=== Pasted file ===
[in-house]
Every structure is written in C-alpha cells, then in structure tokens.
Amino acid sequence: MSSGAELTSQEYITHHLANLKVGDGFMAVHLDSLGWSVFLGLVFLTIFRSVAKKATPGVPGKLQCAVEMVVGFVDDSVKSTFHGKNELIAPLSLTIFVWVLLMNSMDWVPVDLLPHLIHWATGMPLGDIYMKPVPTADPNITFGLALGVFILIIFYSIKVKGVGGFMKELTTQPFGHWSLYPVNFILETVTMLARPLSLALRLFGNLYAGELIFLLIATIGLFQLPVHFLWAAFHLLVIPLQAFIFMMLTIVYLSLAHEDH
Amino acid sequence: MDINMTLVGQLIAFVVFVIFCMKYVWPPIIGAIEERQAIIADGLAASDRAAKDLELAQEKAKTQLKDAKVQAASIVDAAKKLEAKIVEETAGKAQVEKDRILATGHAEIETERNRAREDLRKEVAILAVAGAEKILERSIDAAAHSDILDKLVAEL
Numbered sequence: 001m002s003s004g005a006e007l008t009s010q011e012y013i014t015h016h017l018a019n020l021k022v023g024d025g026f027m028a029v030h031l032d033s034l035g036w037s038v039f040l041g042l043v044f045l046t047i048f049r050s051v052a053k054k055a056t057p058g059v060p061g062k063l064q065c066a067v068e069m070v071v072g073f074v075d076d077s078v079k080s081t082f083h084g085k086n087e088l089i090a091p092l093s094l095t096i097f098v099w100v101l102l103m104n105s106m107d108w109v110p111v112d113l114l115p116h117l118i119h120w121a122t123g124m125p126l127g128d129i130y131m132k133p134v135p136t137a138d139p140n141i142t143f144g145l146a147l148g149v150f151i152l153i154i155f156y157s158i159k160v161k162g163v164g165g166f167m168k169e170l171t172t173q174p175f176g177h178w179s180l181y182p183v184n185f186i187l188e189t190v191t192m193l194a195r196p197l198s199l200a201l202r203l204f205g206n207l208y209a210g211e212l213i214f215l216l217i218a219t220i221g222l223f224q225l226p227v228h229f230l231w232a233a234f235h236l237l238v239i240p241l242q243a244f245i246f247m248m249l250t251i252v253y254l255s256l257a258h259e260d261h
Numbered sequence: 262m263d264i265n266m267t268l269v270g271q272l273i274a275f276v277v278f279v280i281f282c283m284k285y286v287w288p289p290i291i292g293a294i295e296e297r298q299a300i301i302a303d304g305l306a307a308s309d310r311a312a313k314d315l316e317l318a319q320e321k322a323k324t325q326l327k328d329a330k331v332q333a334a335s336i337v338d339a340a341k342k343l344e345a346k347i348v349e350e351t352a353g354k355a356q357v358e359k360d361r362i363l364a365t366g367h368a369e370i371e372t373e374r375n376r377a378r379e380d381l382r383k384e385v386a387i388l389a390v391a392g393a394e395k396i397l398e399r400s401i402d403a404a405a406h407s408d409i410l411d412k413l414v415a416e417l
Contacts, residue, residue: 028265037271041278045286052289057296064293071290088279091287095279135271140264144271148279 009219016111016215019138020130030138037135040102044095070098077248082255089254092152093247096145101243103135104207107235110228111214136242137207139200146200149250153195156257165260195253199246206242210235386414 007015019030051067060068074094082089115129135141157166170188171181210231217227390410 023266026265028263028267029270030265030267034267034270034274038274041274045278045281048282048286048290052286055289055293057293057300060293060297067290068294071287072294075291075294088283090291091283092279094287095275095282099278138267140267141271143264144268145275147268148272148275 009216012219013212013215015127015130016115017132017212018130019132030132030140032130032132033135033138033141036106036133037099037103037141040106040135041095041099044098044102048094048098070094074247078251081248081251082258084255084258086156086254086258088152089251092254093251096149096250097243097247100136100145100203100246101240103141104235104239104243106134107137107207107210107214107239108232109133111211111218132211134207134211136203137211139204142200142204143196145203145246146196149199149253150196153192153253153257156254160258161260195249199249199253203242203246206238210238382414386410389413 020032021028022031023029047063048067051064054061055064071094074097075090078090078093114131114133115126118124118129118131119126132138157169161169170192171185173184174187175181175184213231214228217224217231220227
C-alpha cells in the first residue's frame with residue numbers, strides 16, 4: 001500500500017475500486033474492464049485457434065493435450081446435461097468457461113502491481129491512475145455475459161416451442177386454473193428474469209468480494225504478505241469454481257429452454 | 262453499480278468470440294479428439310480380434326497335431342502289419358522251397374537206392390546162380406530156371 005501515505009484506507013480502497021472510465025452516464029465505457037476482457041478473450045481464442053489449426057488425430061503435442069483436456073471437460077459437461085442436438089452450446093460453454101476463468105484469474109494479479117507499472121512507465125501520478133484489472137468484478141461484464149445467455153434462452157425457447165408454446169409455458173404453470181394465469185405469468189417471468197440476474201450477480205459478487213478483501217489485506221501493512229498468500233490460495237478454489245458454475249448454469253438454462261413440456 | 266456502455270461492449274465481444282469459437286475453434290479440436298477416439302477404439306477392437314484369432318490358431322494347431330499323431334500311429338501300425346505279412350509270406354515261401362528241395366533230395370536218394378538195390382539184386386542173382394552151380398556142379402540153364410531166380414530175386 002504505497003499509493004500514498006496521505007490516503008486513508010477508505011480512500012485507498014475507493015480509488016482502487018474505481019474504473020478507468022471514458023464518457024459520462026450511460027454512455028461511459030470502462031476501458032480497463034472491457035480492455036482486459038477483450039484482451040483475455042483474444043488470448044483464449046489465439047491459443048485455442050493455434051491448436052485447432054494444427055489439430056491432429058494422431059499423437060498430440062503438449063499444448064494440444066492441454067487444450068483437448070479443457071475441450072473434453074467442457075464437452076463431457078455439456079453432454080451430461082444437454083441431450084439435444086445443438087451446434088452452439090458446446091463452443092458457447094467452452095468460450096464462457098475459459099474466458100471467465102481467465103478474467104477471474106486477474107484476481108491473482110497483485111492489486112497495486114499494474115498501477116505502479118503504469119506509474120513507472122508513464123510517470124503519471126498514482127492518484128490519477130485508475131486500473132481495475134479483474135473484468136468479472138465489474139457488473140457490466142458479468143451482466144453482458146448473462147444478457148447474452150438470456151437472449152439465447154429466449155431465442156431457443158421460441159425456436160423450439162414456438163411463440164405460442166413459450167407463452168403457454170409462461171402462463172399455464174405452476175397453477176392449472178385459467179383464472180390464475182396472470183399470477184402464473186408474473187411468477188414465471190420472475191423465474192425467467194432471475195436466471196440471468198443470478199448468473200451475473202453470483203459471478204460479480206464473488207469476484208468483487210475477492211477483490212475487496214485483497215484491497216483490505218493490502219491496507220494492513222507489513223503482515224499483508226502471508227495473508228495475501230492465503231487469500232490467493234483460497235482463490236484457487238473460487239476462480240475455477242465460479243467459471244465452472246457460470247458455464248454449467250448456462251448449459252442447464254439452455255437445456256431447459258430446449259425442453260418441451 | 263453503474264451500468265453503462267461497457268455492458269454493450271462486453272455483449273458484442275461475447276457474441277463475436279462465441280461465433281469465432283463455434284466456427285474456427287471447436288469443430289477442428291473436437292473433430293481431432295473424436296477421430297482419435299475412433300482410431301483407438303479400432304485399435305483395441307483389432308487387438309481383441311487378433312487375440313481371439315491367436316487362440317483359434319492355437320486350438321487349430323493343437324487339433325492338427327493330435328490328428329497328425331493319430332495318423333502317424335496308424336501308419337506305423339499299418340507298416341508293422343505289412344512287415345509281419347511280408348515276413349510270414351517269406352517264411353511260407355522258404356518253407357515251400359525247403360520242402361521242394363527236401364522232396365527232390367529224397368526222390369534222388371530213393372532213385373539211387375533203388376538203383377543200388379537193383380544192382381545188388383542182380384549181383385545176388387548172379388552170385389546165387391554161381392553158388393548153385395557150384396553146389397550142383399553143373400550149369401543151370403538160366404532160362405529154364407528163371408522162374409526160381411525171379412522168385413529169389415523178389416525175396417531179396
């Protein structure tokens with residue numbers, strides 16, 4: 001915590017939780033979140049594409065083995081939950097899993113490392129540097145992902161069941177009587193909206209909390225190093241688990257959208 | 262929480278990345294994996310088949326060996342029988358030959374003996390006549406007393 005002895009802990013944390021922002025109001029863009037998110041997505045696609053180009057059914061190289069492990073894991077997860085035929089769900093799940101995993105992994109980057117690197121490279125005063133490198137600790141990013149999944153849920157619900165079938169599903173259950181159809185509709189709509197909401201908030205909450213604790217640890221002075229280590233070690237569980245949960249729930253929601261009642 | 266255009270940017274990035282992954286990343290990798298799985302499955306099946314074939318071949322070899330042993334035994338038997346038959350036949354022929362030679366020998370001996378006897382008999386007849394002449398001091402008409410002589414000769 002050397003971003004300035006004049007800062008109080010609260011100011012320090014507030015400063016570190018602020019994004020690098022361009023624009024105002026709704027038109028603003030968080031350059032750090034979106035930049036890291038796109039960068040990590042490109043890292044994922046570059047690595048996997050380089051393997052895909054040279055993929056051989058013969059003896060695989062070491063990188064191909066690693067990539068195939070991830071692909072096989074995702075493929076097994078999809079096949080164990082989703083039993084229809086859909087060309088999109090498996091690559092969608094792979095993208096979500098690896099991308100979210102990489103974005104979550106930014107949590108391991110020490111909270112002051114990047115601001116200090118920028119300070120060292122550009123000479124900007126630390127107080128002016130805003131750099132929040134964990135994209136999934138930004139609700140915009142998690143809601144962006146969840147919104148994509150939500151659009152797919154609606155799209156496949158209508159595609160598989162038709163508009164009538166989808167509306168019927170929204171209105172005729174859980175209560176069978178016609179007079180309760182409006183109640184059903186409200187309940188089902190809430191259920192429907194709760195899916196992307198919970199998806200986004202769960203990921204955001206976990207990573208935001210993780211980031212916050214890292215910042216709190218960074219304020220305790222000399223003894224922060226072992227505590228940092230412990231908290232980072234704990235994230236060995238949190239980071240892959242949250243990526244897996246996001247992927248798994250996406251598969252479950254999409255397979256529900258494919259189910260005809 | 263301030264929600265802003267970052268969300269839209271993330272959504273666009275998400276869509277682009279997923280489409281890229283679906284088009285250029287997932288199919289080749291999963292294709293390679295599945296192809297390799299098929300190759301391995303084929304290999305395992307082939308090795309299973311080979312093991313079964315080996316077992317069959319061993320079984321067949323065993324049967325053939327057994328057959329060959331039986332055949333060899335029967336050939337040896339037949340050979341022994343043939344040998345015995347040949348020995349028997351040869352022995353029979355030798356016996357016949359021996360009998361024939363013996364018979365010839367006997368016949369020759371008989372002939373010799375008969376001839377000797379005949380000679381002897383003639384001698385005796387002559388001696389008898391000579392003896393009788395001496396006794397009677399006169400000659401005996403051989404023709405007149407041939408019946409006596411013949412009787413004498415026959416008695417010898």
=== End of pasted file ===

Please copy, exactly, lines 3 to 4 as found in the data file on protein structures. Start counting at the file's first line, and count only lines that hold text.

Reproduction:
Amino acid sequence: MSSGAELTSQEYITHHLANLKVGDGFMAVHLDSLGWSVFLGLVFLTIFRSVAKKATPGVPGKLQCAVEMVVGFVDDSVKSTFHGKNELIAPLSLTIFVWVLLMNSMDWVPVDLLPHLIHWATGMPLGDIYMKPVPTADPNITFGLALGVFILIIFYSIKVKGVGGFMKELTTQPFGHWSLYPVNFILETVTMLARPLSLALRLFGNLYAGELIFLLIATIGLFQLPVHFLWAAFHLLVIPLQAFIFMMLTIVYLSLAHEDH
Amino acid sequence: MDINMTLVGQLIAFVVFVIFCMKYVWPPIIGAIEERQAIIADGLAASDRAAKDLELAQEKAKTQLKDAKVQAASIVDAAKKLEAKIVEETAGKAQVEKDRILATGHAEIETERNRAREDLRKEVAILAVAGAEKILERSIDAAAHSDILDKLVAEL